He was able to keep the score tied after Jose Reyes evened things up with his second home run in the seventh, a two out drive to left that was reviewed by the umpires after the ball bounded above the orange line that runs along the wall.  He managed to strand Padres runners at second base in the eighth and ninth innings that got on base with one out.

“ I looked at it that we’ve got guys at second base, so what,” said Pelfrey about keeping the score tied ,with hopes the Mets would get him a win in their half of the eighth or ninth.  “I’m not going to let him score,” he said.

Manuel added about Pelfrey, “He’s now developed enough to become a good pitcher.  The bullpen also kept the Mets close. Francisco Rodriguez pitched a scoreless tenth, Pedro Felicano in the 11th and Elmer Dessens (1-1) who struck out the only batter he faced earning his first win since August 26, 2007 against Washington.

“He’s come in some tough situations and given us some good outs,” commented Manuel about Dessens, now with six consecutive scoreless outings since his recall in late May.

Now if the Mets can only get wins on the road. Their next road trip after this series takes them to Baltimore and Cleveland, two of the worse teams in the American League.  We’ve been in a lot of games on the road,” said Pelfrey when asked about the disparity of the Mets home and road record. “Bad breaks,” he said.

Not at home though, as the breaks and now walk off wins keep the Mets rolling at Citi Field.

e-mail Rich Mancuso: Ring786@aol.com

Posted under Edward Mujica, Familiarity, First Game, Florida Marlins, Fortunes, Game Sweep, Gaps, Impressive Outing, Major League, Mental Aspect, Mike Pelfrey, New York Mets, Nine Innings, Playing At Home, Relief Pitcher, San Diego Padres, Second Deck, Teammates, Top Story, Tuesday Evening, Winning At Home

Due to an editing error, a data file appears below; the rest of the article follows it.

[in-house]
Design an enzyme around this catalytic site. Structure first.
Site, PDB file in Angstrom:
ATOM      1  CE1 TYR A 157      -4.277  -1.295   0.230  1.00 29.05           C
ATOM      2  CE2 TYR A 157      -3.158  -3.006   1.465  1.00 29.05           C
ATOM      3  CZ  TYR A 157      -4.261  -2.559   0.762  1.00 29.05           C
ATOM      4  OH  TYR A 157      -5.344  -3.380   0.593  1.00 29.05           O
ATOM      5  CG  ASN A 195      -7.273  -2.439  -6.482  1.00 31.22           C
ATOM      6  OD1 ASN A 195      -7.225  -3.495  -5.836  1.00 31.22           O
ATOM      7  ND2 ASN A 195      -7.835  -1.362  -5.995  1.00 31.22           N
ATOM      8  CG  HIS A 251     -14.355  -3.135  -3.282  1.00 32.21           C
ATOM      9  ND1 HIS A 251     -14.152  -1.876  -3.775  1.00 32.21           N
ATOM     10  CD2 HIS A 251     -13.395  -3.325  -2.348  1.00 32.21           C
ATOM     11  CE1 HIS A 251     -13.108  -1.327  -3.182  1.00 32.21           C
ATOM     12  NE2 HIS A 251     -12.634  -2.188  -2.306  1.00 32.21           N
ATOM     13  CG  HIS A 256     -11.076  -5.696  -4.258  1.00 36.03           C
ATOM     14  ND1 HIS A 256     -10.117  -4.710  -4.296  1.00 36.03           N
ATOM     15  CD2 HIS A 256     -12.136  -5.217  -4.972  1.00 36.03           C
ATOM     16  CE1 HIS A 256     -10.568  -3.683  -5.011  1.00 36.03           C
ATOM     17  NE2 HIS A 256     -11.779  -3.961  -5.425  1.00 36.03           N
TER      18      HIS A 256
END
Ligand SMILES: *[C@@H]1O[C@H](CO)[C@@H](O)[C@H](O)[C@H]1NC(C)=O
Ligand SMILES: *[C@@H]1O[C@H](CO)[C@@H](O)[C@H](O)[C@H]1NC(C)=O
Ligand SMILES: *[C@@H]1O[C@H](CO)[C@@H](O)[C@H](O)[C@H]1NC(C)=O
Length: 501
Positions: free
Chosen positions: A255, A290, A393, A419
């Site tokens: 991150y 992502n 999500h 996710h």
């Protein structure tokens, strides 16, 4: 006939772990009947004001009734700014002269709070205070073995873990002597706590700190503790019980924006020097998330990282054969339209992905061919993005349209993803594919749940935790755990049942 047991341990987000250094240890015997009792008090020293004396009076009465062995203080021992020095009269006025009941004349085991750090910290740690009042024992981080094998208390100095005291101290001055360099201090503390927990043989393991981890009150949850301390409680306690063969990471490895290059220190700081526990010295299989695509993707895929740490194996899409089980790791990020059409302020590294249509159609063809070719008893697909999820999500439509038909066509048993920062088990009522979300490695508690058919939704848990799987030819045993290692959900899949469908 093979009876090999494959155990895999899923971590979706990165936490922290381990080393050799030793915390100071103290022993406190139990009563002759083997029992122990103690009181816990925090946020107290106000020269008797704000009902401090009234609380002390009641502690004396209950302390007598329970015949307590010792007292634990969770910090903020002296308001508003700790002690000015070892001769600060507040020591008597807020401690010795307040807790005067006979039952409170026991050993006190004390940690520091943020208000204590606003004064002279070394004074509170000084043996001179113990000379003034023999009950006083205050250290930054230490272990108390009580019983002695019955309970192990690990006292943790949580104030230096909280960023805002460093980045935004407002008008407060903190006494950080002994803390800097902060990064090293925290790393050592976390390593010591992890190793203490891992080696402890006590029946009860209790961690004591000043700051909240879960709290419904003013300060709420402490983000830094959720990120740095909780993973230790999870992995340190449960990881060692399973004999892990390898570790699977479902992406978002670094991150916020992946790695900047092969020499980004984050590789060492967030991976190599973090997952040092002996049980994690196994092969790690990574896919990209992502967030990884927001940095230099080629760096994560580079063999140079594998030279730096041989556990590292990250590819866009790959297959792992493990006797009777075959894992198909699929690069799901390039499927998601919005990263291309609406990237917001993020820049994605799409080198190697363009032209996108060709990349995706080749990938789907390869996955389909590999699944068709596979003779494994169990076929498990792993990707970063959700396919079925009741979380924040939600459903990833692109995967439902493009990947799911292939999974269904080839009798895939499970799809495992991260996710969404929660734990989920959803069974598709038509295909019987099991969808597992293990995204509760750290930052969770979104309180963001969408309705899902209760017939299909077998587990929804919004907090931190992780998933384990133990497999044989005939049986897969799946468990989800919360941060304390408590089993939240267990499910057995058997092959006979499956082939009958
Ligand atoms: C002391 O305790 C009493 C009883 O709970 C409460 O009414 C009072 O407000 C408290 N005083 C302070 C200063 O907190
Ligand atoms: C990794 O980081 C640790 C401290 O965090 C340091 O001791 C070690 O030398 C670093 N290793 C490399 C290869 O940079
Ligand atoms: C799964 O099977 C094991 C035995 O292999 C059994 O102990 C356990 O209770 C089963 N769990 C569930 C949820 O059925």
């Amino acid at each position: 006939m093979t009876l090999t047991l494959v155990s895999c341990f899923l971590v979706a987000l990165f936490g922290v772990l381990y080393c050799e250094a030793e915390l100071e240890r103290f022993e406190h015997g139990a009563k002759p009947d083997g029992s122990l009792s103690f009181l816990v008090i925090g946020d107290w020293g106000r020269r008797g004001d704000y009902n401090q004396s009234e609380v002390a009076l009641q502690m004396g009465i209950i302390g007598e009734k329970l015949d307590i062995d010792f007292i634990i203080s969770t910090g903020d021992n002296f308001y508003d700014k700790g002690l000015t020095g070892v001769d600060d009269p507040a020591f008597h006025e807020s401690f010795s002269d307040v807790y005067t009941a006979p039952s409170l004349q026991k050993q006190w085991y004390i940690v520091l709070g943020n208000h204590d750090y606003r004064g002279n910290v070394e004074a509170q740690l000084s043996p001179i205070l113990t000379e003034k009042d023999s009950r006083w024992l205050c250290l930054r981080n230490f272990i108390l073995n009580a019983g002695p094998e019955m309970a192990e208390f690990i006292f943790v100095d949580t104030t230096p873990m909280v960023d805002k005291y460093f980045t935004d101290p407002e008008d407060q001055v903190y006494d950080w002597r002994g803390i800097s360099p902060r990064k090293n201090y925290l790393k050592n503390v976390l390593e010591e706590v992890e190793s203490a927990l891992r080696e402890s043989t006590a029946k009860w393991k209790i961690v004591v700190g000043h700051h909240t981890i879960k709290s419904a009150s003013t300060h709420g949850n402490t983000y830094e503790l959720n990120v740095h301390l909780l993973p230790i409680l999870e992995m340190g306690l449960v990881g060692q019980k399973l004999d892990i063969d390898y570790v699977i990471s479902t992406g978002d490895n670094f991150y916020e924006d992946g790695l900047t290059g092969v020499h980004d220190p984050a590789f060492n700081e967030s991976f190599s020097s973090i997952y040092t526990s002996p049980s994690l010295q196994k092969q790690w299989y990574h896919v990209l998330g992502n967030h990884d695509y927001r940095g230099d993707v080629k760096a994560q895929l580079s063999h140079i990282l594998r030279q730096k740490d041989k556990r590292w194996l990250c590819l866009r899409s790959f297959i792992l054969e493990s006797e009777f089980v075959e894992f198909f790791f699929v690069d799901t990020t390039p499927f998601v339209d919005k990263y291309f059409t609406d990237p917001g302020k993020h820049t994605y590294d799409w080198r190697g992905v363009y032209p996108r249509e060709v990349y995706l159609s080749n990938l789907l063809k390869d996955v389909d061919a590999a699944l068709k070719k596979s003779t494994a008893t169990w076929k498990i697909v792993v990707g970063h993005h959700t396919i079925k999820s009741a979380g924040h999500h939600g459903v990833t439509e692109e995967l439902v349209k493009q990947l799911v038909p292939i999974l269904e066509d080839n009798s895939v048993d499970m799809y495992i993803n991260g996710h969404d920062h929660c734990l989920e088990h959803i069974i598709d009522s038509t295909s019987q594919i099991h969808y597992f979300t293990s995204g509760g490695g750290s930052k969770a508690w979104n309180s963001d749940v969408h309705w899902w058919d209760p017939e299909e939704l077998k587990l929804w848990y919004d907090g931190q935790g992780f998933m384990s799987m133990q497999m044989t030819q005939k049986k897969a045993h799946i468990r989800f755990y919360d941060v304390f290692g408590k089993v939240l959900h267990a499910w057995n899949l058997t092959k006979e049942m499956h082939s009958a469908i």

This post was written by Rich Mancuso on June 9, 2010

Jekyll & Hyde Mets Need to Overcome Road Block to Reach Playoffs

It took about one and one-third seasons, but the New York Mets have finally built a dominant home field advantage in their new home park.

In fact, the Mets are better at home than any team in the major leagues through the first two months of the season.

After a tough 2-6 road trip that began with the Florida Marlins sweeping a four-game series from New York, the Mets returned to Citi Field, where they had already compiled a very solid 14-8 record.

Would the Amazin’s previous home success wane during a six-game homestand against each of last year’s World Series participants?

Hardly. Despite losing the opening game on Friday night, the Mets rebounded to win the final five games of the homestand in impressive fashion, taking two of three games from the New York Yankees before an historic three-game sweep of the defending two-time National League champion Philadelphia Phillies.

New York creeped back above the .500 mark at 25-23 and moved to within just two games of the first-place Phillies (26-20) in the National League East.

That in itself is significant, but what was especially remarkable against Philadelphia, was the Mets’ pitching, which shut the Phillies out for the entire series, winning 8-0, 5-0, and 3-0 against one of the more talented and dangerous lineups in the major leagues.